Sarah Churchwell: The enduring thrill of sex, sadism and snobbery

According to a 1958 New Statesman review of Dr. No, the James Bond novels consisted of "three basic ingredients, all thoroughly English": "the sadism of a schoolboy bully, the mechanical two-dimensional sex-longings of a frustrated adolescent, and the crude, snob-cravings of a suburban adult."

These ingredients no longer seem particularly English; sex, snobbery and sadism are a global phenomenon, while the schoolboy bully, frustrated adolescent, and snobbish suburban adult sound like Hollywood market research. Umberto Eco once likened Fleming's plots to a chess game, in which the same moves will occur in the same patterns, as two conflicting forces (not just characters, but also ideologies and value systems) battle it out.

It is hard to disagree: the Bond stories are catalysed by conflicts between individualism and authority, loyalty and betrayal, heterosexual desire and misogyny, and luxury and sacrifice, to name just the most overt, and the most enduring, of the themes. But sex, snobbery, and sadism remain the bedrock of the Bond mystique.

It seems unlikely that Sebastian Faulks's eagerly awaited Devil May Care, with its rumoured Middle East setting, heroin-running plot, and presumably double-dealing female (wonderfully named Poppy), will deviate far from this formula. Faulks has said that in writing the novel he followed Fleming's advice from his essay How to Write A Thriller, which advises drafting 2,000 words without re-reading them, in order to avoid getting distracted by such bagatelles as whether your prose is any good or you've got your facts straight – which might explain the critical disdain for Fleming's books.

He famously described Casino Royale to his publisher as banal and miserable, and told Raymond Chandler (a terrific stylist, at his finest): "Probably the fault about my books is that I don't take them seriously enough ... if one has a grain of intelligence it is difficult to go on being serious about a character like James Bond."

This statement alone is sufficient evidence of Fleming's snobbery. One need not take Bond seriously as a character in order to take seriously the impact of Bond as a cultural phenomenon. The question, as ever, is whether Bond can continue to register with a new generation of audiences.

The Bond stories were embedded in Cold War moral certainties; they were instruction manuals in conspicuous consumption for a newly aspirant middle-class; and they offered fantasies of continued supremacy for the citizens of a former superpower that had not come to terms with its newly subordinated role in world affairs. But above all the Bond stories are fetishistic: they fetishise technology, brand names, and women, in order of priority. And in this regard, if in no other, Fleming is a cultural prophet.

The immense global success of Daniel Craig's first cinematic venture as Bond suggests that it is, ironically, in returning to Fleming's basic formula that Bond will find his 21st-century audience. Sex, snobbery and sadism were all manifest in Casino Royale, but the snobbery was diminished as the plot's emphasis shifted from baccarat to high-stakes poker. Fleming would have deplored the vulgarisation, but the change reflects a shift from games of strategy to those of skill (both requiring a healthy dollop of luck), thus returning Bond to a character defined by expertise, which is surely the new valour.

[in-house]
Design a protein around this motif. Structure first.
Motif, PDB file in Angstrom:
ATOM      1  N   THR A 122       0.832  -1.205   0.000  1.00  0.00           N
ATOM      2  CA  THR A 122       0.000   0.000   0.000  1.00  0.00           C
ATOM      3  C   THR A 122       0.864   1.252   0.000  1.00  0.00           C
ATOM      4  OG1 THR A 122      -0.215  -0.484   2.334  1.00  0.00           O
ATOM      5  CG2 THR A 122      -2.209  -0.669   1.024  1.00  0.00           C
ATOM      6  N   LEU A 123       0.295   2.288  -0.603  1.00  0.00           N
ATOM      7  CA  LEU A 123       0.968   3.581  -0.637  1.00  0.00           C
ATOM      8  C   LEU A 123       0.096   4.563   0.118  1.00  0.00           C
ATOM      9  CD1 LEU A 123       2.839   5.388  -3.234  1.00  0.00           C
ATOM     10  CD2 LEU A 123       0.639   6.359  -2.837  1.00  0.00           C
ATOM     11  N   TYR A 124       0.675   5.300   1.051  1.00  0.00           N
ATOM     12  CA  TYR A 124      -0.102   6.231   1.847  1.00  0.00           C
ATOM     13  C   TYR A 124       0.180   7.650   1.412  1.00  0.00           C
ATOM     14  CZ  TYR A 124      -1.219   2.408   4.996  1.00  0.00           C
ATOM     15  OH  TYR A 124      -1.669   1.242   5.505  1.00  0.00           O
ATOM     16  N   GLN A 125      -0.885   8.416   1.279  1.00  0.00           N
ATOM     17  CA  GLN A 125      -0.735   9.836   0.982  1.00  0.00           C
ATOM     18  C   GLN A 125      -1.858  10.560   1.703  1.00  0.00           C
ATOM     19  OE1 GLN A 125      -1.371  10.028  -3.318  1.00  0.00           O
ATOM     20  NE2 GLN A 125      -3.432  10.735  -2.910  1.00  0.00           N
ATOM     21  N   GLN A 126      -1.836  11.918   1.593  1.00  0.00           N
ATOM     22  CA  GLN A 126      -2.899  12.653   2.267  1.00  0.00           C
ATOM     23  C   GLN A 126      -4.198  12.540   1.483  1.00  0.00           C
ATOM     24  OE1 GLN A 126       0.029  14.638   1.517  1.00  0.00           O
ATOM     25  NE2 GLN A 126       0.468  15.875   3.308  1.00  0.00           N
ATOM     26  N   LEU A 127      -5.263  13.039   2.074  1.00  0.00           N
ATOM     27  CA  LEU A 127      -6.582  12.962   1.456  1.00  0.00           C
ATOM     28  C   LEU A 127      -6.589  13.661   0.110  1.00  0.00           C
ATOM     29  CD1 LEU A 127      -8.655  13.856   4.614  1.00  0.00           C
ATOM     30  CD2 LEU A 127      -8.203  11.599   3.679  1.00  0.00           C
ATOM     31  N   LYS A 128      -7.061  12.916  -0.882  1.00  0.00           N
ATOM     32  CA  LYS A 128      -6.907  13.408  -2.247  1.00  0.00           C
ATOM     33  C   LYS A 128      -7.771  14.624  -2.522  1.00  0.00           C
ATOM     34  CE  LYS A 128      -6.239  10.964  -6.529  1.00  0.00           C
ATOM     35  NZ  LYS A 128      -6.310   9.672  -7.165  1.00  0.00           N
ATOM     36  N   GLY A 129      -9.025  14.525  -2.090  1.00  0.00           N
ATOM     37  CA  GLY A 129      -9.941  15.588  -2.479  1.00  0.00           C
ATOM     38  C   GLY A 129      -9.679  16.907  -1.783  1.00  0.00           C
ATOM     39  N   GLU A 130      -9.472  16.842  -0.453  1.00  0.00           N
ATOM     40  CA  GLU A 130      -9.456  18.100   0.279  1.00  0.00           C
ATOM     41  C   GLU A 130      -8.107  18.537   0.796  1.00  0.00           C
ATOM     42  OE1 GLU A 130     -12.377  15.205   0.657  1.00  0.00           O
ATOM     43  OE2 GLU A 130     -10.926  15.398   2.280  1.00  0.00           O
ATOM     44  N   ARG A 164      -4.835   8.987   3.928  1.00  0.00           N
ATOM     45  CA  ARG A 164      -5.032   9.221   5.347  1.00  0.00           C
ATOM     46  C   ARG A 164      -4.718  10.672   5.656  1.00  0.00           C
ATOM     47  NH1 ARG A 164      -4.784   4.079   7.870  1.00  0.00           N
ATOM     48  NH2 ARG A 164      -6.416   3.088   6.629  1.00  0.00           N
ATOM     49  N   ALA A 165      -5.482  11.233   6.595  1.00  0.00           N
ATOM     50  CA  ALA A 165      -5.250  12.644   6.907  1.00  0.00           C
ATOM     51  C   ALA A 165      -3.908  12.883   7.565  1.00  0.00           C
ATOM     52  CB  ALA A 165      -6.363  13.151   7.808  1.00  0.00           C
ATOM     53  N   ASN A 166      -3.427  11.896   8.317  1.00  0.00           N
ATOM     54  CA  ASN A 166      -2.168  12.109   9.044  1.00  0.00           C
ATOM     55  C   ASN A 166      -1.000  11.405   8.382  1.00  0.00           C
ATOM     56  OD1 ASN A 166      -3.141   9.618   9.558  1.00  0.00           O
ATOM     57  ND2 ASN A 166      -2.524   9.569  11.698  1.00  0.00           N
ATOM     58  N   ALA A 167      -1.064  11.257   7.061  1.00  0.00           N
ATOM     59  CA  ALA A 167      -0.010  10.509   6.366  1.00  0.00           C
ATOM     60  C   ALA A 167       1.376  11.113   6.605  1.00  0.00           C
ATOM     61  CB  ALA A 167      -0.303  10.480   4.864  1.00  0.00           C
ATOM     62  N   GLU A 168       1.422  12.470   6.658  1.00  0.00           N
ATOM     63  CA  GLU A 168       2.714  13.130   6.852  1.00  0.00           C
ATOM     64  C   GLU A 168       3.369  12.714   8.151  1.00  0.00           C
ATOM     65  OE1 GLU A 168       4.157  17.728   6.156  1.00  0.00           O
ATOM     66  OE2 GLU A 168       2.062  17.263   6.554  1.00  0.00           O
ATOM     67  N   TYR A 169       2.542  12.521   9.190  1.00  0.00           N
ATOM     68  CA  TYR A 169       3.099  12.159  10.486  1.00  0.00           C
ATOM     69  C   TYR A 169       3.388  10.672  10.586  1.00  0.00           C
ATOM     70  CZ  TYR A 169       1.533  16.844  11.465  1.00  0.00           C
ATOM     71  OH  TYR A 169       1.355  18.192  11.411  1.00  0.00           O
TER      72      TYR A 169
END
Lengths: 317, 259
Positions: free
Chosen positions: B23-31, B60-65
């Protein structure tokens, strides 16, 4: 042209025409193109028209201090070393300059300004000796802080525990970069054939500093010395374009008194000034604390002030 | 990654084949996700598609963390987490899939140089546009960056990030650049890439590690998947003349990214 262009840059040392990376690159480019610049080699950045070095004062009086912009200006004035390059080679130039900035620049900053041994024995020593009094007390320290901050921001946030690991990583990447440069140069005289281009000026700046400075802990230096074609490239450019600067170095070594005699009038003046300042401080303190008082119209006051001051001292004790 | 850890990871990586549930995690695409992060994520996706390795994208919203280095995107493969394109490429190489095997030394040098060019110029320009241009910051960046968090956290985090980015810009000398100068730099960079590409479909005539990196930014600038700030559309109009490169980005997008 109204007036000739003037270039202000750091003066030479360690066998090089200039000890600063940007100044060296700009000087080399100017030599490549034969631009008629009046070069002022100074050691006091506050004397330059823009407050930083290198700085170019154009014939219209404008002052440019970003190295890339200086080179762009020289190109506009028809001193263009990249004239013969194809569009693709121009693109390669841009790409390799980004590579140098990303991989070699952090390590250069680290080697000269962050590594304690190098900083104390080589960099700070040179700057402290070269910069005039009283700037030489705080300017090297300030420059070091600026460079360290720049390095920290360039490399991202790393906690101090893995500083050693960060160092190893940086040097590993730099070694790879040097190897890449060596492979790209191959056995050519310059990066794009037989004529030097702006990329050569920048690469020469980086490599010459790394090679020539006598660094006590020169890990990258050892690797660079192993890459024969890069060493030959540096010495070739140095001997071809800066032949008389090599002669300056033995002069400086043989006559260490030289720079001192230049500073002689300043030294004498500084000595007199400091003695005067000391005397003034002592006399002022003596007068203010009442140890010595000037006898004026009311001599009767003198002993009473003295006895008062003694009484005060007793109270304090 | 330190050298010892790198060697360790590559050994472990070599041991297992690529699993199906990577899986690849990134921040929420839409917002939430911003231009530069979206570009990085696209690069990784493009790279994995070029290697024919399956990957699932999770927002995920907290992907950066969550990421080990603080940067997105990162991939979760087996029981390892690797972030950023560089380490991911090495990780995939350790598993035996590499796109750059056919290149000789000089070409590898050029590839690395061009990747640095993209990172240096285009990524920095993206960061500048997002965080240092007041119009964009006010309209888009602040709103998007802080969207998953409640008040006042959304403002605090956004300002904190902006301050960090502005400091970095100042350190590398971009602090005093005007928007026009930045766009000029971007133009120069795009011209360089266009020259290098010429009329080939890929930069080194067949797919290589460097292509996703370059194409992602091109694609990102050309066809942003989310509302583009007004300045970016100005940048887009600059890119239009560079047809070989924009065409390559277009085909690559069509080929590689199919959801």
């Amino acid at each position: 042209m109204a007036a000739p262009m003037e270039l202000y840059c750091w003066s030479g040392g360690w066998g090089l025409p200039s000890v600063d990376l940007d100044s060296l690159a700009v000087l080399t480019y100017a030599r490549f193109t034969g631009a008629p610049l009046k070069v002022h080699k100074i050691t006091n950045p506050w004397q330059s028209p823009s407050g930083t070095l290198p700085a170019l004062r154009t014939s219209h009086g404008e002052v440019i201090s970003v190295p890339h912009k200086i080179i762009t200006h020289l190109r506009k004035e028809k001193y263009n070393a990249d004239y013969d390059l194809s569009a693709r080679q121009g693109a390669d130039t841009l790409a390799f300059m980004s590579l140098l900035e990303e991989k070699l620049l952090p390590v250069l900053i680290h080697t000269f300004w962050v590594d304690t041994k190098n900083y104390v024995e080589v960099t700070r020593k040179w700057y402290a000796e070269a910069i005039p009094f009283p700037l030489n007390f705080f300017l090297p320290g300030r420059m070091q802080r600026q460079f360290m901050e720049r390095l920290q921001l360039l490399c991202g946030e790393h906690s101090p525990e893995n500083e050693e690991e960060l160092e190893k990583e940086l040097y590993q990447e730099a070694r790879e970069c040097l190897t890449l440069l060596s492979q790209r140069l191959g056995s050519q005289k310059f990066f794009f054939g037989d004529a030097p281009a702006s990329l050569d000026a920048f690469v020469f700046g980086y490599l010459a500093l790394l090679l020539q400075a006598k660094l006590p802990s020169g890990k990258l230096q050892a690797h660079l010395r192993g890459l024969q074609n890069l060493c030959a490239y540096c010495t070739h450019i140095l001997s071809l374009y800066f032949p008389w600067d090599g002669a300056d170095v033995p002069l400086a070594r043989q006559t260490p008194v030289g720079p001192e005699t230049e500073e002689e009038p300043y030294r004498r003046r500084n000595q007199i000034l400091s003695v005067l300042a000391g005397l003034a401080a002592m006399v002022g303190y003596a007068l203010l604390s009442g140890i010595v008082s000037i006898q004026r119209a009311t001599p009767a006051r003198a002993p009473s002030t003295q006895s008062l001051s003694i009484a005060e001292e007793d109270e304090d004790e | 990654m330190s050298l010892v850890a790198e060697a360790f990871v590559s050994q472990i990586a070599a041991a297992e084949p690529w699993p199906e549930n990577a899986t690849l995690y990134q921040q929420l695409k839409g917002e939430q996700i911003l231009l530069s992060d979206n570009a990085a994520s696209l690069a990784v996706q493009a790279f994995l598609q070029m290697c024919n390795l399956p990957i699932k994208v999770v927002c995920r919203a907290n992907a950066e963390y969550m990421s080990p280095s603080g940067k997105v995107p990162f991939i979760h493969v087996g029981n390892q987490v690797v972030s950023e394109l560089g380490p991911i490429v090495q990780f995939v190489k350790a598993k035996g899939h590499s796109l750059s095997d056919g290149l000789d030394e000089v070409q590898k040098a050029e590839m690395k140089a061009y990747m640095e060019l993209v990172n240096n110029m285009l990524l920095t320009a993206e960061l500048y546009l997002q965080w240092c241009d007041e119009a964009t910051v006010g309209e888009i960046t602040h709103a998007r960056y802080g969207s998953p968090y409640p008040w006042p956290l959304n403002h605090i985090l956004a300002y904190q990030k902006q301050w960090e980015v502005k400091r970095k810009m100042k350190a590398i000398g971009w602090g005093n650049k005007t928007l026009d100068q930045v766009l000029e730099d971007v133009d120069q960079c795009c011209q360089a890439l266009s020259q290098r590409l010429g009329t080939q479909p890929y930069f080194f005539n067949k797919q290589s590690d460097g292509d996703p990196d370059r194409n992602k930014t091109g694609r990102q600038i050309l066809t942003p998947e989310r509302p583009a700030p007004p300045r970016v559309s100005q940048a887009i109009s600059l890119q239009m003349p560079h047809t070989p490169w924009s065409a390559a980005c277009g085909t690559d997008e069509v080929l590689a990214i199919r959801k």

But what brought Bond back to life in Casino Royale, it seems to me, was that for the first time the sadism was equally directed at Bond, allowing his suffering both to humanise him, and to emphasise his virility in surviving direct attacks against it. Only a complacent age can enjoy a campy hero; ours need to be made of sterner stuff.

Actually, the reinvigorated James Bond looks rather more like his American counterpart with the same initials, Jason Bourne. Like Bond, Bourne exemplifies expertise, savoir faire (unconscious, in his case), and the triumph of the individual against institutions. Robert Ludlum's three books about Bourne, which span the decade of the Reagan years from 1980 to 1991, explicitly address questions of identity, accountability, and morality, commenting quite directly on America's anxieties about Vietnam.

Bourne is a Vietnam veteran whose amnesia becomes a clear emblem of America's conflicted desire to "forget" its calamitous foray into South Asia. The primary difference between the two heroes is that Bourne has a far more adversarial, not to say homicidal, relationship with the CIA, reflecting America's post-Watergate distrust of its own government. Although Bond often breaks rules, he never really breaks ranks.

With no signs that sex, snobbery or sadism have lost their appeal, there may yet be a new formula emerging: suspicion, suffering, and survival. And sex.

The writer is senior lecturer in American literature and culture at the University of East Anglia

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